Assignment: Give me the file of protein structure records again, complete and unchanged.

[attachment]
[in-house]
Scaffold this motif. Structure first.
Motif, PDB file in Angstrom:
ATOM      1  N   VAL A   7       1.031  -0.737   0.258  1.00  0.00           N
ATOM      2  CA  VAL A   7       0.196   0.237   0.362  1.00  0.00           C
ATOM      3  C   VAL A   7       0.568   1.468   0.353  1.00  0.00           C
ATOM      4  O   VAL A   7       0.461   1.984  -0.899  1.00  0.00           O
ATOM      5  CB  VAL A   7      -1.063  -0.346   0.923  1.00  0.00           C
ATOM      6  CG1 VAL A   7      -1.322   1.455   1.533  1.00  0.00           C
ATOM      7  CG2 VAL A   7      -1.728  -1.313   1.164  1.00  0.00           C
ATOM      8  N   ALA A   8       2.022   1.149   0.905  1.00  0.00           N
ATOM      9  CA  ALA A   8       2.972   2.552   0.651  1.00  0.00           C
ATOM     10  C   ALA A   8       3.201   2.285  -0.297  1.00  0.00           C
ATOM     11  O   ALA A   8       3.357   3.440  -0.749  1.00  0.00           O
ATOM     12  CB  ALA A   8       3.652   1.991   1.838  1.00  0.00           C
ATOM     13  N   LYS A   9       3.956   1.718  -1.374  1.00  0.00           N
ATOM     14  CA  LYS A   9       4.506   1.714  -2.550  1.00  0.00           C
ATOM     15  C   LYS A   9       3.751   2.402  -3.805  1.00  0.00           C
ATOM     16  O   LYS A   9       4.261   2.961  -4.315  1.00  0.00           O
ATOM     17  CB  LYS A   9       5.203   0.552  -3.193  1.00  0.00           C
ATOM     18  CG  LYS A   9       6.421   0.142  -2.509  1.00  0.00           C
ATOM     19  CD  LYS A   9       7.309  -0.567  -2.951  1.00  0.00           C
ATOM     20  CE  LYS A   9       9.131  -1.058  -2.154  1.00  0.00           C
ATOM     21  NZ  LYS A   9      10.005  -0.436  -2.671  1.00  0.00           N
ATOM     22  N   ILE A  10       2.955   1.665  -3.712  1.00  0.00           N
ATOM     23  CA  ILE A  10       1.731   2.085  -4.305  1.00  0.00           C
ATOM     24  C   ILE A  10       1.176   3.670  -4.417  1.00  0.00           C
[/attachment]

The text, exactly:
[in-house]
Scaffold this motif. Structure first.
Motif, PDB file in Angstrom:
ATOM      1  N   VAL A   7       1.031  -0.737   0.258  1.00  0.00           N
ATOM      2  CA  VAL A   7       0.196   0.237   0.362  1.00  0.00           C
ATOM      3  C   VAL A   7       0.568   1.468   0.353  1.00  0.00           C
ATOM      4  O   VAL A   7       0.461   1.984  -0.899  1.00  0.00           O
ATOM      5  CB  VAL A   7      -1.063  -0.346   0.923  1.00  0.00           C
ATOM      6  CG1 VAL A   7      -1.322   1.455   1.533  1.00  0.00           C
ATOM      7  CG2 VAL A   7      -1.728  -1.313   1.164  1.00  0.00           C
ATOM      8  N   ALA A   8       2.022   1.149   0.905  1.00  0.00           N
ATOM      9  CA  ALA A   8       2.972   2.552   0.651  1.00  0.00           C
ATOM     10  C   ALA A   8       3.201   2.285  -0.297  1.00  0.00           C
ATOM     11  O   ALA A   8       3.357   3.440  -0.749  1.00  0.00           O
ATOM     12  CB  ALA A   8       3.652   1.991   1.838  1.00  0.00           C
ATOM     13  N   LYS A   9       3.956   1.718  -1.374  1.00  0.00           N
ATOM     14  CA  LYS A   9       4.506   1.714  -2.550  1.00  0.00           C
ATOM     15  C   LYS A   9       3.751   2.402  -3.805  1.00  0.00           C
ATOM     16  O   LYS A   9       4.261   2.961  -4.315  1.00  0.00           O
ATOM     17  CB  LYS A   9       5.203   0.552  -3.193  1.00  0.00           C
ATOM     18  CG  LYS A   9       6.421   0.142  -2.509  1.00  0.00           C
ATOM     19  CD  LYS A   9       7.309  -0.567  -2.951  1.00  0.00           C
ATOM     20  CE  LYS A   9       9.131  -1.058  -2.154  1.00  0.00           C
ATOM     21  NZ  LYS A   9      10.005  -0.436  -2.671  1.00  0.00           N
ATOM     22  N   ILE A  10       2.955   1.665  -3.712  1.00  0.00           N
ATOM     23  CA  ILE A  10       1.731   2.085  -4.305  1.00  0.00           C
ATOM     24  C   ILE A  10       1.176   3.670  -4.417  1.00  0.00           C